I know what some of you are thinking.
This two-quarterback system Cal is using, it was cute for a while. Worked great against Idaho State. And now we see what happens against Oregon, a team with better, faster athletes. A team like so many the Bears will face going forward in the Pac-12 Conference.
Time to pick one quarterback, you’re thinking. Time to scrap this two-quarterback experiment. It can’t work.
Except coach Justin Wilcox won’t give up on the tandem of redshirt freshman Chase Garbers and sophomore Brandon McIlwain, even after they combined for five turnovers — two of which the Ducks turned into touchdowns — in a 45-24 loss on Saturday night.
The Bears won’t drop-kick the two-quarterback arrangement.
And they shouldn’t.
If Garbers or McIwain were demonstrably better than the other, maybe he becomes The Man. That’s not the case. Not at this point. And Justin Herbert isn’t walking through that door into the Cal quarterbacks room.
Wilcox on the quarterback play vs. Oregon.
Garbers and McIlwain are the best the Bears have right now. After just one half of the season opener against North Carolina, Wilcox made the move to utilize them instead of 2017 starter Ross Bowers because of their versatility and their higher ceiling.
The Bears need that extra element because they don’t have a game-breaker deep threat to loosen defenses and their offensive line is far from elite.
Garbers and McIlwain showed early promise and seemed to make strides with each game through the nonconference schedule.
Then Oregon came to town and we saw what we should already have known: They are young, inexperienced, not wholly developed and, as Saturday showed us, prone to mistakes.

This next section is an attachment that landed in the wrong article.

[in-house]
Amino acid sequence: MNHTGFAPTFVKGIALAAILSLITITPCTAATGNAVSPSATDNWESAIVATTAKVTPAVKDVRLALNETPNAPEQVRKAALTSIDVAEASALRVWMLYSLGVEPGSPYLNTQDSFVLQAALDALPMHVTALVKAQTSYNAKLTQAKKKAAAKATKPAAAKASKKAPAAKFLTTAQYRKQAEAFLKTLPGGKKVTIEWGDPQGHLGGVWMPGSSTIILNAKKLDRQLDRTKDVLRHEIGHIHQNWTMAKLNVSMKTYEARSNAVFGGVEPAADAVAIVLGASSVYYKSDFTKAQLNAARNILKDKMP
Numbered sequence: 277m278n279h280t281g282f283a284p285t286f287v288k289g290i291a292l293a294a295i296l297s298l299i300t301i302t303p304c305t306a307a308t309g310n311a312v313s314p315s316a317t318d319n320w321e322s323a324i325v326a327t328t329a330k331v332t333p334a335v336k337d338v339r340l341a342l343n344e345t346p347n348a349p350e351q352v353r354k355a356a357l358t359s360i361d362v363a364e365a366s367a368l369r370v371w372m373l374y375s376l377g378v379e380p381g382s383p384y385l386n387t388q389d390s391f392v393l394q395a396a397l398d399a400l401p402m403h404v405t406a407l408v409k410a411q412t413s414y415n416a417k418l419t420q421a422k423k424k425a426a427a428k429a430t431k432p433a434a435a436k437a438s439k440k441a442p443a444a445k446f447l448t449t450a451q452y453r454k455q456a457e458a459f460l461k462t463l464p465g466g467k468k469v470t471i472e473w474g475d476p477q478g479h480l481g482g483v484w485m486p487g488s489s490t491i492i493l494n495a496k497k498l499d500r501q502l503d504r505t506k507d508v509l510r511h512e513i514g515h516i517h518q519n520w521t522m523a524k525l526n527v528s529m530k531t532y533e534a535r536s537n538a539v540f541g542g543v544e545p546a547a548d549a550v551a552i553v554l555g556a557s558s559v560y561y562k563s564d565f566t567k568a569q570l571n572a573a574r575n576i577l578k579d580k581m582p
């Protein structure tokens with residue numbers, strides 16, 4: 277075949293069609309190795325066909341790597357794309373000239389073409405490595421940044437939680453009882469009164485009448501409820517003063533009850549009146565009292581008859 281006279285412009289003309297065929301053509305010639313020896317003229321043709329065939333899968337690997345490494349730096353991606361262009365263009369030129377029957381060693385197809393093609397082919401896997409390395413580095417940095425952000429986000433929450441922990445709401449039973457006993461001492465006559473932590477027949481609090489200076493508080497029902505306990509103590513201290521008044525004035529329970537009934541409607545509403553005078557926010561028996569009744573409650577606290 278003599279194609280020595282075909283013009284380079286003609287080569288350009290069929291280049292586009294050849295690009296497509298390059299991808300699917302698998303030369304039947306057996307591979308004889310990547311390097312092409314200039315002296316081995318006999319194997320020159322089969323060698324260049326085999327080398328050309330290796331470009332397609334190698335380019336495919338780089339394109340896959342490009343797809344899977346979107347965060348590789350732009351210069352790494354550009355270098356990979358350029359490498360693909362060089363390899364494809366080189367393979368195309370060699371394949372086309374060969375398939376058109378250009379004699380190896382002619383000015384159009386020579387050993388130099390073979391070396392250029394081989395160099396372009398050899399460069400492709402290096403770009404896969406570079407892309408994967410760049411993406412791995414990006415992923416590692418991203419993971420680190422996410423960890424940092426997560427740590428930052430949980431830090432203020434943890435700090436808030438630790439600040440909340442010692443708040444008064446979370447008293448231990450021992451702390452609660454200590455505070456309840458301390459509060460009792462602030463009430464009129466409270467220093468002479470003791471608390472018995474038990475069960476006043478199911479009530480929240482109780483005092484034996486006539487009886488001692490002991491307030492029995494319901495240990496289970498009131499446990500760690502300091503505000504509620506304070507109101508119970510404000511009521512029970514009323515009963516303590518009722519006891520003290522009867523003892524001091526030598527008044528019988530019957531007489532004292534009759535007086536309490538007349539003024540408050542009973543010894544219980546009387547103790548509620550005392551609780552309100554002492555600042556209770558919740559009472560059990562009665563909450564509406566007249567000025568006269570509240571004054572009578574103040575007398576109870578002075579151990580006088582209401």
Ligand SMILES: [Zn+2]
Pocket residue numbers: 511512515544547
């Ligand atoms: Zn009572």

But they still provide the Bears with their best chance to win.
Let’s break it down:
This was Garbers’ poorest game. A starter for the third straight game, he was not effective throwing the ball (his presumed edge over McIlwain) and he didn’t run much.
His numbers: 4 for 9 for 44 yards passing with two interceptions. On the ground, he carried six times for 24 net yards, most of it on one 19-yard gain.
McIlwain showed off his running ability (his presumed edge over Garbers), gaining 123 yards (the most by a Cal quarterback since Joe Kapp had 130 against Oregon back when dinosaurs walked the earth in 1958). He scored on a 28-yard run and later threw a touchdown pass.
But he was just 1 for 6 throwing the ball in the first half — a pass slightly behind its target that Kanawai Noa turned into a 24-yard gain. McIlwain finished 11 for 21 for 128 yards.
He also had three turnovers — a lost fumble late in the second quarter that La’Mar Winston Jr. returned 61 yards for a touchdown, and two picks, including one that Ugochukwu Amadi took back 32 yards for a score in the final minutes of the game. And he missed a wide-open Jordan Duncan on a third-down play that should have been a 30-yard TD late in the third quarter.
Both players have had good moments, even on Saturday.
The Bears’ opening drive was a splendid example of how the two can work hand-in-hand to create an offense that can give defenses trouble.
Both took snaps in the 15-play, 72-yard drive that ate up 7 1/2 minutes and featured passes by three different players (also Patrick Laird) and runs by five Bears.
But even in one of their best sequences of the day, the Bears could not complete the deal. They settled for a field goal. And against a team such as Oregon, that’s not good enough.